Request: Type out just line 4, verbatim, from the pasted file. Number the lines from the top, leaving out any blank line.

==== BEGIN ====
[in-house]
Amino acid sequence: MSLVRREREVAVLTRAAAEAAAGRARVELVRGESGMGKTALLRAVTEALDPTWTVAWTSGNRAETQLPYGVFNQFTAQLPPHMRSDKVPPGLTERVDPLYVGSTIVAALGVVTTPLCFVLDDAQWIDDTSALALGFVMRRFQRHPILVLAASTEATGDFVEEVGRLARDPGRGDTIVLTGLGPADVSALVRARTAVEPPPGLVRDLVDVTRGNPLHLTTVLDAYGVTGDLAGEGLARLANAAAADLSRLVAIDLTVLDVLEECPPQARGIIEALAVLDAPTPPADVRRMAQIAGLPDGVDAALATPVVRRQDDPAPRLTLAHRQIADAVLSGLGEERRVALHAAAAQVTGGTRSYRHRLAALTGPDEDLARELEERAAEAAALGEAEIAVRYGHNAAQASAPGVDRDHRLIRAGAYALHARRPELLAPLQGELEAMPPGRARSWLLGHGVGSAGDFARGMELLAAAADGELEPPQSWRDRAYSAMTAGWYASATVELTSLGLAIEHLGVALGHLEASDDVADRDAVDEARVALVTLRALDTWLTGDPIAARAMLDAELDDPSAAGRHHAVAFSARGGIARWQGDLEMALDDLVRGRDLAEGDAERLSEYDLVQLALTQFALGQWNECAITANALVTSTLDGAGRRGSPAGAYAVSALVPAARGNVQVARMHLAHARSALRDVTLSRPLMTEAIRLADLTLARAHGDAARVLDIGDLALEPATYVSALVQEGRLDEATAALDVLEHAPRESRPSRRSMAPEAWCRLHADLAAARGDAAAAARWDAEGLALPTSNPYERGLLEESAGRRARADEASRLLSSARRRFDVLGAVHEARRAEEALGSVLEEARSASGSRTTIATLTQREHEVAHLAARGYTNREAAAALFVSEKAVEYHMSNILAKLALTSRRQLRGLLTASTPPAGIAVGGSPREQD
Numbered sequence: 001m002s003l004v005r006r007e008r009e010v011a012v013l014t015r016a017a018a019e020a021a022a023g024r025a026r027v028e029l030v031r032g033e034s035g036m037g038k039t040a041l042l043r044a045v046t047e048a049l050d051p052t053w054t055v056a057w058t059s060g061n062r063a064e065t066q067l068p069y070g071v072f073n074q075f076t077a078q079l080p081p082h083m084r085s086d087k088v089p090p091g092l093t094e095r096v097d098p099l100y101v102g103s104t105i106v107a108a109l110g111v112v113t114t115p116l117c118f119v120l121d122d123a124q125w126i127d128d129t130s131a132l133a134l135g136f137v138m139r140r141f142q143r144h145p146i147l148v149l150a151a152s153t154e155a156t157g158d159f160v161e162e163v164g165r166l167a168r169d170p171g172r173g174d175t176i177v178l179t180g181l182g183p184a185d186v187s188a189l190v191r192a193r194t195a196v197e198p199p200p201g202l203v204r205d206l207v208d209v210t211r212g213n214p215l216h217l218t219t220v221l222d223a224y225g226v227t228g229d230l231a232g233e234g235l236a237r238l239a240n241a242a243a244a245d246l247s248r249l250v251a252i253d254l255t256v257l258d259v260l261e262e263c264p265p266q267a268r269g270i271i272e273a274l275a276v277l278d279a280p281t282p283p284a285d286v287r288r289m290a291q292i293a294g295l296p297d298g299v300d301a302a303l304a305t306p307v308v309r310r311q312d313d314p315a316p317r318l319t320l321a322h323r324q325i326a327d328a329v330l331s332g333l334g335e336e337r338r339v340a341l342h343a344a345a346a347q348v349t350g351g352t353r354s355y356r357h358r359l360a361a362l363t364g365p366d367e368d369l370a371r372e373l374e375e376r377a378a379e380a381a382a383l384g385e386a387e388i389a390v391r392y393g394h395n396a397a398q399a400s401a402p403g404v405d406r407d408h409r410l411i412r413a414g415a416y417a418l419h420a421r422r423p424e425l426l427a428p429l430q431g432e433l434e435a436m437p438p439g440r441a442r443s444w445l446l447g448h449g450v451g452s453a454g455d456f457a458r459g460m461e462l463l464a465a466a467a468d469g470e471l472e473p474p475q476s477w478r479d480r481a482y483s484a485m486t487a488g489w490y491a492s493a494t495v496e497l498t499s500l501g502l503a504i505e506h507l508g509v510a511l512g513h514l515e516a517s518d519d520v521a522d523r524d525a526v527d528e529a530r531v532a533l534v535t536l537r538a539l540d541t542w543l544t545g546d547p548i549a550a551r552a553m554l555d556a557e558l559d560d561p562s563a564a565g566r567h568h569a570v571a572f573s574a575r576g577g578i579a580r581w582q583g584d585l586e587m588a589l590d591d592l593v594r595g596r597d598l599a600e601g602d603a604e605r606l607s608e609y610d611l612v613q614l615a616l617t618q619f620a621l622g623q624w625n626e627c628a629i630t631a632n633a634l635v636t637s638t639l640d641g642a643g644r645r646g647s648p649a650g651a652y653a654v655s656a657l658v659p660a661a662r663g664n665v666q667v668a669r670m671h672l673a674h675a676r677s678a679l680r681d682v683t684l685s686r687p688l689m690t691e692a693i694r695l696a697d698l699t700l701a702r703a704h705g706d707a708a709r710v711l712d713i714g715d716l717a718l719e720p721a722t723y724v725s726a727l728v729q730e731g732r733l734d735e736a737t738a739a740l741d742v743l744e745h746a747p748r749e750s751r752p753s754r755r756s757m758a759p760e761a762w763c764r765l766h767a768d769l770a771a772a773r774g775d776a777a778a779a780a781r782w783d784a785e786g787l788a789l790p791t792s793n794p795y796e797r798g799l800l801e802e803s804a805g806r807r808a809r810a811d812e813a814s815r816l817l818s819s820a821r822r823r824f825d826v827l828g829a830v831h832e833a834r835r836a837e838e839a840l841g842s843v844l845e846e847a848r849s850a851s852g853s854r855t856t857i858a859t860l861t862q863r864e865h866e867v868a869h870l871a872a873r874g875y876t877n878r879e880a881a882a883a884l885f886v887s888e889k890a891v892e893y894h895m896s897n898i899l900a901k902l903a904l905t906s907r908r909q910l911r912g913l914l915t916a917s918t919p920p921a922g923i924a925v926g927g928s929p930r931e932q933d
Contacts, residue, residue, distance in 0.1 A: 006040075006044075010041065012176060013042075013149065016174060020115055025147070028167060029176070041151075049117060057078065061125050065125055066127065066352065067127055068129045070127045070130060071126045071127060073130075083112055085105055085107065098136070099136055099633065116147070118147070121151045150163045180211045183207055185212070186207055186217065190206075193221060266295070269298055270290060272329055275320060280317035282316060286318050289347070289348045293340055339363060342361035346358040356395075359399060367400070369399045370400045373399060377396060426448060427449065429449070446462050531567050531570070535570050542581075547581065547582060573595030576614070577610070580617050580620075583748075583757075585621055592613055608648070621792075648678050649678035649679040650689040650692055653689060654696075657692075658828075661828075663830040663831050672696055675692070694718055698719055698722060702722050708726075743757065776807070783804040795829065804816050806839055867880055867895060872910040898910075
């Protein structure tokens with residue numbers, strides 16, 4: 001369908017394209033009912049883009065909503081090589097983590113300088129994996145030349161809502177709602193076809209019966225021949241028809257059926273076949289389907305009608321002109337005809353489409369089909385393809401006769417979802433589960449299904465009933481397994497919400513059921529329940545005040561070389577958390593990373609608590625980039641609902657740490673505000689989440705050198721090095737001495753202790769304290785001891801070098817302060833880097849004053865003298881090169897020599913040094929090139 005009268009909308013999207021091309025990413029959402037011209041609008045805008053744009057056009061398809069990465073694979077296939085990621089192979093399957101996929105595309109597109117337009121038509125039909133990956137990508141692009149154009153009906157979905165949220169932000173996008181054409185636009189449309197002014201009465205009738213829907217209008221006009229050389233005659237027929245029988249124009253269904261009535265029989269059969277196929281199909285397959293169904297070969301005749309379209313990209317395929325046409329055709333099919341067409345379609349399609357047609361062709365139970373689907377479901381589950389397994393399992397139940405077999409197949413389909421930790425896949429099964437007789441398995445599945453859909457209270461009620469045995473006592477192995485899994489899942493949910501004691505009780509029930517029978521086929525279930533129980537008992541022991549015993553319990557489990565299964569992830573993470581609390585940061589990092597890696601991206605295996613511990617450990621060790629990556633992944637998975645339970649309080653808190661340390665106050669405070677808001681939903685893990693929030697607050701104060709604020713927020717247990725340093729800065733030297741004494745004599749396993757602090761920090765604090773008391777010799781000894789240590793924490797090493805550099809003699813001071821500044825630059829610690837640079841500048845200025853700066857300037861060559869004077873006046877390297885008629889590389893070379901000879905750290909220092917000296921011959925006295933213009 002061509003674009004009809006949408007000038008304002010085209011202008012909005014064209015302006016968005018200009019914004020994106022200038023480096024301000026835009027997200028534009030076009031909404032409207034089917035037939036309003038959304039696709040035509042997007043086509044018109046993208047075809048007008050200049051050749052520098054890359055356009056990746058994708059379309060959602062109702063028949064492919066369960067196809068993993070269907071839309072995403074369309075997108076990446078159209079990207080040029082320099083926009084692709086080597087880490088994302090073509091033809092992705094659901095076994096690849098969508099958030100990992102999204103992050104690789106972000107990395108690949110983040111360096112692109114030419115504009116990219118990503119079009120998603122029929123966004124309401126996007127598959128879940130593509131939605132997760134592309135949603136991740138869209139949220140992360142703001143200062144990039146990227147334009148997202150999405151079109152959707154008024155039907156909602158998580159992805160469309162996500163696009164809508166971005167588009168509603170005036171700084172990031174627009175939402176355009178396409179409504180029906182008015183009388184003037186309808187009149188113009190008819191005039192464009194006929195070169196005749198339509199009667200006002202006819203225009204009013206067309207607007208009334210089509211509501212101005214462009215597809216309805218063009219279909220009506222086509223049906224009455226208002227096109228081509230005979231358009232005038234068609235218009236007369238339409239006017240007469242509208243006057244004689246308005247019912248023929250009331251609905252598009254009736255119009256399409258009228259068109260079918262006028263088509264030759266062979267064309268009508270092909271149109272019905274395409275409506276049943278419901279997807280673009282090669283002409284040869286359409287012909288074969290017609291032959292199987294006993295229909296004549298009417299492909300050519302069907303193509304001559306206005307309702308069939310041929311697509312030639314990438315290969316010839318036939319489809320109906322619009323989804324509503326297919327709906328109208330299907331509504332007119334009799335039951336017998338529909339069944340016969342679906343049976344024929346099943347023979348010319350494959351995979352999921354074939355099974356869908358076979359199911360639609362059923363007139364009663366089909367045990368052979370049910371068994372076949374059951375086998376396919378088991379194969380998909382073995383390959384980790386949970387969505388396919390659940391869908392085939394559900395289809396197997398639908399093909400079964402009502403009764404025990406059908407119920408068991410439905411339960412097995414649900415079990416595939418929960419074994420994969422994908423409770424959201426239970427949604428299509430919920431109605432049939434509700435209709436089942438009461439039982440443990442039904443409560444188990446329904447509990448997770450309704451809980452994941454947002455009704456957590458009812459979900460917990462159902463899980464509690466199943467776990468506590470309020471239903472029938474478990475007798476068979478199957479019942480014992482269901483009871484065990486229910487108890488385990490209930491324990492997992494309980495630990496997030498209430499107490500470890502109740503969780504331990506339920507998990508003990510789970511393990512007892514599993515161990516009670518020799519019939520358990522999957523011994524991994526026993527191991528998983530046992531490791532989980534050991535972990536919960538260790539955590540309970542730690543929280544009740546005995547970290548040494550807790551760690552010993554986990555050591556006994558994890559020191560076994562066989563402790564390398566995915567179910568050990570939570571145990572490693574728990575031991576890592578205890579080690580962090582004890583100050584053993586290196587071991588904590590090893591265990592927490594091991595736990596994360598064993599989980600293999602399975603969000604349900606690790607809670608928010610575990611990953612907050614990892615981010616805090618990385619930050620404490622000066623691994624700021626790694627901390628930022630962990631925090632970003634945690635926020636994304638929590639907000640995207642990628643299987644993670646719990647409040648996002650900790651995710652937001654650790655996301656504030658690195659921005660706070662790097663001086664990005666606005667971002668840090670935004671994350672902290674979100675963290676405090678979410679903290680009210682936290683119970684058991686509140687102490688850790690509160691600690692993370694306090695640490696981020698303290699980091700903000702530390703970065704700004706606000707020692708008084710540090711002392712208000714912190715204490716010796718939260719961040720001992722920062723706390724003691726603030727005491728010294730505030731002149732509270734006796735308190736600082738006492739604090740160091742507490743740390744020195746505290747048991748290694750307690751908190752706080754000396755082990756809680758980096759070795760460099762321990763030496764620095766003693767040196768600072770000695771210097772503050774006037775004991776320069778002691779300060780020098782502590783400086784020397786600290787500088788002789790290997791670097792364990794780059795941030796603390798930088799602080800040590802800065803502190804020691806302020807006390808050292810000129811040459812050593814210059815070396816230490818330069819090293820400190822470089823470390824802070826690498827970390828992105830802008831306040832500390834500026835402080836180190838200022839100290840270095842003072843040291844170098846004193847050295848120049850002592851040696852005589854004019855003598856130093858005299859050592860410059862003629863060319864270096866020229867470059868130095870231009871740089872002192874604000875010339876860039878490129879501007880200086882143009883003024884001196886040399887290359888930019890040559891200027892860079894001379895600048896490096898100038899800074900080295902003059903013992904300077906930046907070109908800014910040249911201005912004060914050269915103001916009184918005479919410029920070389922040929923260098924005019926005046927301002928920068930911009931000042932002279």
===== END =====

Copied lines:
Contacts, residue, residue, distance in 0.1 A: 006040075006044075010041065012176060013042075013149065016174060020115055025147070028167060029176070041151075049117060057078065061125050065125055066127065066352065067127055068129045070127045070130060071126045071127060073130075083112055085105055085107065098136070099136055099633065116147070118147070121151045150163045180211045183207055185212070186207055186217065190206075193221060266295070269298055270290060272329055275320060280317035282316060286318050289347070289348045293340055339363060342361035346358040356395075359399060367400070369399045370400045373399060377396060426448060427449065429449070446462050531567050531570070535570050542581075547581065547582060573595030576614070577610070580617050580620075583748075583757075585621055592613055608648070621792075648678050649678035649679040650689040650692055653689060654696075657692075658828075661828075663830040663831050672696055675692070694718055698719055698722060702722050708726075743757065776807070783804040795829065804816050806839055867880055867895060872910040898910075